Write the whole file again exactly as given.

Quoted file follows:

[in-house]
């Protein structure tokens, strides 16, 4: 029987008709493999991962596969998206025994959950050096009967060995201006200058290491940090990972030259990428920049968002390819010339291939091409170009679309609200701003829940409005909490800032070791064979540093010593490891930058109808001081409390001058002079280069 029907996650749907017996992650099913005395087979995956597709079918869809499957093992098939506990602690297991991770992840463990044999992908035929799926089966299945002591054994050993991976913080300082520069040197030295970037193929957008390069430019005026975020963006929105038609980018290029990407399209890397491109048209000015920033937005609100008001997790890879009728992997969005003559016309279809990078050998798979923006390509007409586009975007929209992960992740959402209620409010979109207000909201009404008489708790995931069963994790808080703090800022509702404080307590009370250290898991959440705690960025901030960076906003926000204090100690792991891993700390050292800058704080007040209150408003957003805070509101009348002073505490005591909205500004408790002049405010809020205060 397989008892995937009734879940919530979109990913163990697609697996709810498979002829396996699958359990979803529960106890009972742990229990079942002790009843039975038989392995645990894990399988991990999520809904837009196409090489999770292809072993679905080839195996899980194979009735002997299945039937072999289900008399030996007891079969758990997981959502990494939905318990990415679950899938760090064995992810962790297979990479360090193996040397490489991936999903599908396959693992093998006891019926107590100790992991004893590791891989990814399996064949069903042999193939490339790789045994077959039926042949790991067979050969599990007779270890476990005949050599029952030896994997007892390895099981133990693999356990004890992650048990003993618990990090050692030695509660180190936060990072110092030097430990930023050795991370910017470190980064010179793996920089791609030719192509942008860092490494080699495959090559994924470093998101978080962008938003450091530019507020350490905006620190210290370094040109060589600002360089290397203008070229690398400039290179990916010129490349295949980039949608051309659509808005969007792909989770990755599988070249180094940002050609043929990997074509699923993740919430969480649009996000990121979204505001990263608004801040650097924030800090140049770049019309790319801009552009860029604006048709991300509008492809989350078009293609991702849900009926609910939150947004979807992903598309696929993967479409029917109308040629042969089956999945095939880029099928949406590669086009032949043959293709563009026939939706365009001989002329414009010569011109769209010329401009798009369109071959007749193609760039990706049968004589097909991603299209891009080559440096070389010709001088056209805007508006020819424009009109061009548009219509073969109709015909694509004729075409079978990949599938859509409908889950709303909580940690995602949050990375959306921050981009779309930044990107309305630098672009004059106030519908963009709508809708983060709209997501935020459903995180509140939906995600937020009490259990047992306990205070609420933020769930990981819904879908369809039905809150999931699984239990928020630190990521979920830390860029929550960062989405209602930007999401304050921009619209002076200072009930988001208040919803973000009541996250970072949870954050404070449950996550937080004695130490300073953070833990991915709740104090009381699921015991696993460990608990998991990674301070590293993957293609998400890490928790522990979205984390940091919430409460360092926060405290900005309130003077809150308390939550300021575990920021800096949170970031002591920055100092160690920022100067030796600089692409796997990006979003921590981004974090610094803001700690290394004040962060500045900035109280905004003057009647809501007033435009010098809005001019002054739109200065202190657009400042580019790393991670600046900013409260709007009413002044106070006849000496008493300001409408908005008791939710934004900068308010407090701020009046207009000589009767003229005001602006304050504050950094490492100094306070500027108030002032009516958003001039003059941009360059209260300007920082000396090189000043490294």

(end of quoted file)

[in-house]
């Protein structure tokens, strides 16, 4: 029987008709493999991962596969998206025994959950050096009967060995201006200058290491940090990972030259990428920049968002390819010339291939091409170009679309609200701003829940409005909490800032070791064979540093010593490891930058109808001081409390001058002079280069 029907996650749907017996992650099913005395087979995956597709079918869809499957093992098939506990602690297991991770992840463990044999992908035929799926089966299945002591054994050993991976913080300082520069040197030295970037193929957008390069430019005026975020963006929105038609980018290029990407399209890397491109048209000015920033937005609100008001997790890879009728992997969005003559016309279809990078050998798979923006390509007409586009975007929209992960992740959402209620409010979109207000909201009404008489708790995931069963994790808080703090800022509702404080307590009370250290898991959440705690960025901030960076906003926000204090100690792991891993700390050292800058704080007040209150408003957003805070509101009348002073505490005591909205500004408790002049405010809020205060 397989008892995937009734879940919530979109990913163990697609697996709810498979002829396996699958359990979803529960106890009972742990229990079942002790009843039975038989392995645990894990399988991990999520809904837009196409090489999770292809072993679905080839195996899980194979009735002997299945039937072999289900008399030996007891079969758990997981959502990494939905318990990415679950899938760090064995992810962790297979990479360090193996040397490489991936999903599908396959693992093998006891019926107590100790992991004893590791891989990814399996064949069903042999193939490339790789045994077959039926042949790991067979050969599990007779270890476990005949050599029952030896994997007892390895099981133990693999356990004890992650048990003993618990990090050692030695509660180190936060990072110092030097430990930023050795991370910017470190980064010179793996920089791609030719192509942008860092490494080699495959090559994924470093998101978080962008938003450091530019507020350490905006620190210290370094040109060589600002360089290397203008070229690398400039290179990916010129490349295949980039949608051309659509808005969007792909989770990755599988070249180094940002050609043929990997074509699923993740919430969480649009996000990121979204505001990263608004801040650097924030800090140049770049019309790319801009552009860029604006048709991300509008492809989350078009293609991702849900009926609910939150947004979807992903598309696929993967479409029917109308040629042969089956999945095939880029099928949406590669086009032949043959293709563009026939939706365009001989002329414009010569011109769209010329401009798009369109071959007749193609760039990706049968004589097909991603299209891009080559440096070389010709001088056209805007508006020819424009009109061009548009219509073969109709015909694509004729075409079978990949599938859509409908889950709303909580940690995602949050990375959306921050981009779309930044990107309305630098672009004059106030519908963009709508809708983060709209997501935020459903995180509140939906995600937020009490259990047992306990205070609420933020769930990981819904879908369809039905809150999931699984239990928020630190990521979920830390860029929550960062989405209602930007999401304050921009619209002076200072009930988001208040919803973000009541996250970072949870954050404070449950996550937080004695130490300073953070833990991915709740104090009381699921015991696993460990608990998991990674301070590293993957293609998400890490928790522990979205984390940091919430409460360092926060405290900005309130003077809150308390939550300021575990920021800096949170970031002591920055100092160690920022100067030796600089692409796997990006979003921590981004974090610094803001700690290394004040962060500045900035109280905004003057009647809501007033435009010098809005001019002054739109200065202190657009400042580019790393991670600046900013409260709007009413002044106070006849000496008493300001409408908005008791939710934004900068308010407090701020009046207009000589009767003229005001602006304050504050950094490492100094306070500027108030002032009516958003001039003059941009360059209260300007920082000396090189000043490294």